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The Moderating Effect of the Negative Impact of Recent Life Events on the Relation between Intrinsic Religiosity and Death Ideation in Older Adults

Authors

  • Danielle R. Jahn MA,

    1. Danielle R. Jahn, Erin K. Poindexter, Ryan D. Graham, and Kelly C. Cukrowicz, Department of Psychology, Texas Tech University, Lubbock, TX, USA.
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  • Erin K. Poindexter BA,

    1. Danielle R. Jahn, Erin K. Poindexter, Ryan D. Graham, and Kelly C. Cukrowicz, Department of Psychology, Texas Tech University, Lubbock, TX, USA.
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  • Ryan D. Graham MA,

    1. Danielle R. Jahn, Erin K. Poindexter, Ryan D. Graham, and Kelly C. Cukrowicz, Department of Psychology, Texas Tech University, Lubbock, TX, USA.
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  • Kelly C. Cukrowicz PhD

    1. Danielle R. Jahn, Erin K. Poindexter, Ryan D. Graham, and Kelly C. Cukrowicz, Department of Psychology, Texas Tech University, Lubbock, TX, USA.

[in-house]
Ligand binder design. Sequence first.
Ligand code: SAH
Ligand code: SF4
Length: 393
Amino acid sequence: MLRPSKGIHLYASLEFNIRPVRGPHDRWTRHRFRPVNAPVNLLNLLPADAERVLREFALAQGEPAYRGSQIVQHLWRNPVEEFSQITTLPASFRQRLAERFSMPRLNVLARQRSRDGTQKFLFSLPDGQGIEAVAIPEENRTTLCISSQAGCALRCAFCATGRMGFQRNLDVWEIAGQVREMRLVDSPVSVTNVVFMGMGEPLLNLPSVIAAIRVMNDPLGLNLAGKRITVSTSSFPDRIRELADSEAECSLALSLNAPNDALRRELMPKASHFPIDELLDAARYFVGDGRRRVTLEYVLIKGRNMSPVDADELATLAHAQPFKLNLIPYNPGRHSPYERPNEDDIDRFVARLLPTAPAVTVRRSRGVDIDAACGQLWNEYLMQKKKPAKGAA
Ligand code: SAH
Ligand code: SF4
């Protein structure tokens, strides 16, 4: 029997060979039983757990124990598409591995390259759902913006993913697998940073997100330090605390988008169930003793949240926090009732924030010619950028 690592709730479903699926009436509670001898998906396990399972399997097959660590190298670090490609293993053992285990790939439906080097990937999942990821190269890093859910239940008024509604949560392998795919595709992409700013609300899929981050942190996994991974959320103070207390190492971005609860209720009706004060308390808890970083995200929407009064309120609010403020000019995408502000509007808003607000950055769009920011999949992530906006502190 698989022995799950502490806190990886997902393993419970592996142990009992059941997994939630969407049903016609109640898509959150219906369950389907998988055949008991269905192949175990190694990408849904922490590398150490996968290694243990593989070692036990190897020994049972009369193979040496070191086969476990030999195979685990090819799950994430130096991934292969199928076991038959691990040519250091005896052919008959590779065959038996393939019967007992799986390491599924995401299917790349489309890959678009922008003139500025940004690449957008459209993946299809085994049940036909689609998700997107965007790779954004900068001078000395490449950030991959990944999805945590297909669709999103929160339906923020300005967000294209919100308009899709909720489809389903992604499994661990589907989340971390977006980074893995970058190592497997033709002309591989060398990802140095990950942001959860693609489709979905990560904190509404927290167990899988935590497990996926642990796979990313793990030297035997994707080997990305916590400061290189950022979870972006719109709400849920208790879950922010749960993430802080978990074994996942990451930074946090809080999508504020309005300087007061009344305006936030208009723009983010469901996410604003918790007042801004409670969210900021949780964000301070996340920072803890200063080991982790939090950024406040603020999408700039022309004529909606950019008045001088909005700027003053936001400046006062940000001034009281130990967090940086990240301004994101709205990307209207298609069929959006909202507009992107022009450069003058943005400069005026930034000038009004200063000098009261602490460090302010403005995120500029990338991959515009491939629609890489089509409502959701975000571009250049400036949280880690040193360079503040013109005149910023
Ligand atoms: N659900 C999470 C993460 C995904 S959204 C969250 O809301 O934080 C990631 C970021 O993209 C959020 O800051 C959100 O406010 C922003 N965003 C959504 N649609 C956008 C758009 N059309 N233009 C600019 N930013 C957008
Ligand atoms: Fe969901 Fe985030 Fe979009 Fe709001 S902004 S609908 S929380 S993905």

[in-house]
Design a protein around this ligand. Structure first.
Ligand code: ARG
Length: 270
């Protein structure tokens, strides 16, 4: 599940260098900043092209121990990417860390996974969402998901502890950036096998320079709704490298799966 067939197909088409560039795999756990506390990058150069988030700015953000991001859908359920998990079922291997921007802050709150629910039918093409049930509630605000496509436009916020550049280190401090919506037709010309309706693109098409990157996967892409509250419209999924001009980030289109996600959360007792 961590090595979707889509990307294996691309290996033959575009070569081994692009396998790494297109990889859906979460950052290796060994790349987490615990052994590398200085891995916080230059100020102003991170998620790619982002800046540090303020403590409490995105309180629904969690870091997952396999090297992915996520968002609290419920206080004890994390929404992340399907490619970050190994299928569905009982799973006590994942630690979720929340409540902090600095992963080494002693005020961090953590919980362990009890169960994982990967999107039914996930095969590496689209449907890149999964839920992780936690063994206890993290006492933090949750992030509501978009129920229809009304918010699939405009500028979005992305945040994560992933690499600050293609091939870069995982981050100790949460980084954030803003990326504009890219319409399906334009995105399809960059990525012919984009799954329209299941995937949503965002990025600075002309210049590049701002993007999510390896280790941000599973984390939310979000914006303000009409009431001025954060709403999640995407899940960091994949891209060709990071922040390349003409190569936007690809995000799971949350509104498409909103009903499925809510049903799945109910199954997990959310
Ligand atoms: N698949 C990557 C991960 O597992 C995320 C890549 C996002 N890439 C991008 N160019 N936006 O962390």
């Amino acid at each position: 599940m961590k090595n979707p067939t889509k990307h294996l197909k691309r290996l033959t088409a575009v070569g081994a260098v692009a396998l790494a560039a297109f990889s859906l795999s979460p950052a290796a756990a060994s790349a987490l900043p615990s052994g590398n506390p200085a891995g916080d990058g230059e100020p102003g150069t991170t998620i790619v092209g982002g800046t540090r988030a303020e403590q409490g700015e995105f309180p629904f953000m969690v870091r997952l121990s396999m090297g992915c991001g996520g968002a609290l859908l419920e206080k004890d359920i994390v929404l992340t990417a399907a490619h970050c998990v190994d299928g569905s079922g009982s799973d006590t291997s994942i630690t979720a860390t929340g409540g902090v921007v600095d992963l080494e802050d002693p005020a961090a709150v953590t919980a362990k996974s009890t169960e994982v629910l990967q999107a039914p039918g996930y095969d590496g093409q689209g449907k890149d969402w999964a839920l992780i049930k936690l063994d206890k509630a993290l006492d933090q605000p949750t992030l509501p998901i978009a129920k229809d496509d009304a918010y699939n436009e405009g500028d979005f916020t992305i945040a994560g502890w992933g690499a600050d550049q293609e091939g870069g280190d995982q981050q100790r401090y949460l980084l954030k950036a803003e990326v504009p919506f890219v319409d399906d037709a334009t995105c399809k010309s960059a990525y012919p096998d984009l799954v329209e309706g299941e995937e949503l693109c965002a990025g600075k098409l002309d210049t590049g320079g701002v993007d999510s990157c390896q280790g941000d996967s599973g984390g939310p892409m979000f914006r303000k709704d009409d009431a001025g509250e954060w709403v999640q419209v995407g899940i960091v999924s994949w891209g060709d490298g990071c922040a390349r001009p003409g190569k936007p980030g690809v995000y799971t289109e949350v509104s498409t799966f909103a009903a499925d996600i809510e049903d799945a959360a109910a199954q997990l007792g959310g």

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  • Address correspondence to K. C. Cukrowicz, Department of Psychology, Mail Stop 42051, Texas Tech University, Lubbock, TX 79409-2051; E-mail: kelly.cukrowicz@ttu.edu

This study was partially funded by an American Foundation for Suicide Prevention Young Investigator Grant (Principal Investigator: Kelly C. Cukrowicz; Title: Interpersonal Vulnerability in Older Caucasian Males: An Examination of the Role of Perceived Burdensomeness). Special thanks to Erin F. Schlegel, Evan T. Guidry, Amy Bryant, Justin M. Stevens, and Sean M. Mitchell for their assistance in data collection and entry.

Abstract

Researchers tested the hypothesis that the negative impact of recent life events would moderate the relationship between intrinsic religiosity and death ideation in older adults. Participants (n = 272) completed assessments of death ideation, intrinsic religiosity, and negative impact of recent life events. We confirmed the presence of concurrent moderation and found that older adults with greater negative impact of recent life events and high intrinsic religiosity reported greater death ideation. These relatively surprising findings may be due to reduced fear of death in intrinsically religious older adults, an explanation consistent with previous research.

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